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C2243 Engine Trouble Code

Meaning of C2243 engine trouble code is a kind of chassis trouble code and C2243 if your catalytic convertor fails completely, you eventually won't be able to keep the car running. Your gas mileage will also be terrible, so you should try and fix it as soon as you can. Unfortunately, the average replacement cost is around $2,000 and you can't do it yourself unless you're an experienced mechanic.

C2243 Fault Symptoms :

  1. Check engine light comes on
  2. Engine stalling or misfiring
  3. Engine performance issues
  4. Car not starting
If one of these reasons for C2243 code is occuring now you should check C2243 repair processes.
Now don't ask yourself; What should you do with C2243 code ?
The solution is here :

C2243 Possible Solution:

C2243 Engine

Power Steering Pressure (PSP) Switch Malfunction In Key On, Engine Off Self-Test, this DTC indicates the PSP input to the PCM is high. In Key On, Engine Running Self-Test, this DTC indicates that the PSP input did not change state. Steering wheel must be turned during Key On, Engine Running Self-Test PSP switch/shorting bar damaged SIG RTN circuit open PSP circuit open or shorted to SIGRTN PCM damaged.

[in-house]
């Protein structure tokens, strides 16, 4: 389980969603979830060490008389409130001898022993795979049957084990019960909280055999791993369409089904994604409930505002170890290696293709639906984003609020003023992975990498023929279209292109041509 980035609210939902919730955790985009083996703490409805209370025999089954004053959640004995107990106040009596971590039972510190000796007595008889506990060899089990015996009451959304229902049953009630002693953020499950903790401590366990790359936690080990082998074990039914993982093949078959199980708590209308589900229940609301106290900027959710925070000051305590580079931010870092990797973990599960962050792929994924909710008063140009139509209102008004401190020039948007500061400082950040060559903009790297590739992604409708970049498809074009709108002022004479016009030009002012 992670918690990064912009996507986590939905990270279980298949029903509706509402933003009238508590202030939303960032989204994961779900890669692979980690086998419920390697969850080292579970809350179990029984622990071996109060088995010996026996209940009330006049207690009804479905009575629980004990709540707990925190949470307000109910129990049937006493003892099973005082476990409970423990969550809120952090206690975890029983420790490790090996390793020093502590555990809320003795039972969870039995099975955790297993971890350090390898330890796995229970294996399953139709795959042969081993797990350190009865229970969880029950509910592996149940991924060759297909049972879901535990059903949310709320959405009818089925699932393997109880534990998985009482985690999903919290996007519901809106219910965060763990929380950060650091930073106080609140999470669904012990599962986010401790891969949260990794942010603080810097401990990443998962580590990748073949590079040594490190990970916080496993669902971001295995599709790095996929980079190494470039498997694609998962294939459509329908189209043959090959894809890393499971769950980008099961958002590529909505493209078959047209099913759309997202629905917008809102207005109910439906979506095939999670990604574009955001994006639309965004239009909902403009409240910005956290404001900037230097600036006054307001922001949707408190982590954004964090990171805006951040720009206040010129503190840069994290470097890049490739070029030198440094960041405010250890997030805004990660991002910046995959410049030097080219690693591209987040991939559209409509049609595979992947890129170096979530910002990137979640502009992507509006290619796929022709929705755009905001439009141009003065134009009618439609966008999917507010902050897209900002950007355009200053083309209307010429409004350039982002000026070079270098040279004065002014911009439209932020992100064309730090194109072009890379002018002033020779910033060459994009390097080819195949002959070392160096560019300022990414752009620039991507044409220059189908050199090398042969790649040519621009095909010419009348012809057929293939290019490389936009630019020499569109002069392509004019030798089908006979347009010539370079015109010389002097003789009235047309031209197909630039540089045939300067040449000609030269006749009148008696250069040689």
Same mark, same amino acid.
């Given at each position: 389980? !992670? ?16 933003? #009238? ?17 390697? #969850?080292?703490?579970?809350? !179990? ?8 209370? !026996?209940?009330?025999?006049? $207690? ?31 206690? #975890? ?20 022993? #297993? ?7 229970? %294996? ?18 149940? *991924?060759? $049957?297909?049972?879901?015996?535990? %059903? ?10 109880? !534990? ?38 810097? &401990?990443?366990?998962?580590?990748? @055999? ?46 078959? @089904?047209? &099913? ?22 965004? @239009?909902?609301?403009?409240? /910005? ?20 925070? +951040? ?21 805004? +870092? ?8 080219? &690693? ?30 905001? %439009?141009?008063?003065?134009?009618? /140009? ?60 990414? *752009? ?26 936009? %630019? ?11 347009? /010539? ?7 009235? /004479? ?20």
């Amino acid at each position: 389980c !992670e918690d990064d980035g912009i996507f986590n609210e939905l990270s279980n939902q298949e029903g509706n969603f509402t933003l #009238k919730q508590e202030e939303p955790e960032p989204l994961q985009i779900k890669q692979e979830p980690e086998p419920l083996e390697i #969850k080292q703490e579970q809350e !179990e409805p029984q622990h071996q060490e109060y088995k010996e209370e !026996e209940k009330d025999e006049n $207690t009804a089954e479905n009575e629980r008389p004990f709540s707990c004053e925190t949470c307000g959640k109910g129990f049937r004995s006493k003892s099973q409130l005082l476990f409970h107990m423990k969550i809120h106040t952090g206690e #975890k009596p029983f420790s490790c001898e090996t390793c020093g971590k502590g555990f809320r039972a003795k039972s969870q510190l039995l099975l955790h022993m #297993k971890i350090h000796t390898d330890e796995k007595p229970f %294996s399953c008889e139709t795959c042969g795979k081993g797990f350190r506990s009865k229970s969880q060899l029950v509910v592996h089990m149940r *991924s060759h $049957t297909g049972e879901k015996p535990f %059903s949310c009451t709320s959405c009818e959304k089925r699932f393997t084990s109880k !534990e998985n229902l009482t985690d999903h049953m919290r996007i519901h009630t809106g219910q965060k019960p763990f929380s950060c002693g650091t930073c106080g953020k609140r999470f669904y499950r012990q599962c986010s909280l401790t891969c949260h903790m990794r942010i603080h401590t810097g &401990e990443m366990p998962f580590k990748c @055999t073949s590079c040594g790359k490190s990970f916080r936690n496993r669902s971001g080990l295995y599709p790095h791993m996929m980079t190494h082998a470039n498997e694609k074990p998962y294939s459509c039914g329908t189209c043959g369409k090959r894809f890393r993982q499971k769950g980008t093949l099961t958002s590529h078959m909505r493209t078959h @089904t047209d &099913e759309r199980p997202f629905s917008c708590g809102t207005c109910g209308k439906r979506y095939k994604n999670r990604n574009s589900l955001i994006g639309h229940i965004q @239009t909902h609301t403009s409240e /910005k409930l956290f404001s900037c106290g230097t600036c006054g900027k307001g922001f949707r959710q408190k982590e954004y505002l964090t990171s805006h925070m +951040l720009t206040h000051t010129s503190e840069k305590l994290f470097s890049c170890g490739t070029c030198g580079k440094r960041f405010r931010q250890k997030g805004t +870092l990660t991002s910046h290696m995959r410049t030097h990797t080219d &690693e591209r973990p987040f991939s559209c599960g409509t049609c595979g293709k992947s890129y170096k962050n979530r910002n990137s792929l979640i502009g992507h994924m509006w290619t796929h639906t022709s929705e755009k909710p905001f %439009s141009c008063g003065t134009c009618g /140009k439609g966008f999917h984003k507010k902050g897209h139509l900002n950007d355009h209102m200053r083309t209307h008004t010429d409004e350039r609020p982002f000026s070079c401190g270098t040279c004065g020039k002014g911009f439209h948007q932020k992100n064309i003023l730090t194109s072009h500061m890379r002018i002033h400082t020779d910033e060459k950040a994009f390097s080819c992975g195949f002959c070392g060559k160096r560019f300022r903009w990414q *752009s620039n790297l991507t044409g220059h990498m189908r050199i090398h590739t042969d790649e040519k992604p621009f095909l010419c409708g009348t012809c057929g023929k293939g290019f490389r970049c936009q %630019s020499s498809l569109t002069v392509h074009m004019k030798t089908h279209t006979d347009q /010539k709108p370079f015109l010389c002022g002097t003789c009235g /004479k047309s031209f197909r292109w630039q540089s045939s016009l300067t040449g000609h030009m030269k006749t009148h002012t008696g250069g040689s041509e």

C2243 Code Meaning :

C 2 2 4 3
OBD-II Diagnostic Chassis (C) Trouble Code For Engine Fuel And Air Metering (Injector Circuit Malfunctions Only) Manifold Absolute Pressure/Barometric Pressure Circuit High Input Injection lump Fuel Metering Control 'B' High (Cam/Rotor/Injector) Exhaust Gas Recirculation Sensor B Circuit High

The catalytic converter has an oxygen sensor in front and behind it. When the vehicle is warm and running in closed loop mode, the upstream oxygen sensor waveform reading should fluctuate.

C2243 OBD-II Diagnostic Chassis (C) Trouble Code Description

C2243 engine trouble code is about Exhaust Gas Recirculation Sensor B Circuit High.

Main reason For C2243 Code

The reason of C2243 OBD-II Engine Trouble Code is Manifold Absolute Pressure/Barometric Pressure Circuit High Input.

C2243 DTC reports a sensor fault, replacement of the sensor is unlikely to resolve the underlying problem. The fault is most likely to be caused by the systems that the sensor is monitoring, but might even be caused by the wiring to the sensor itself.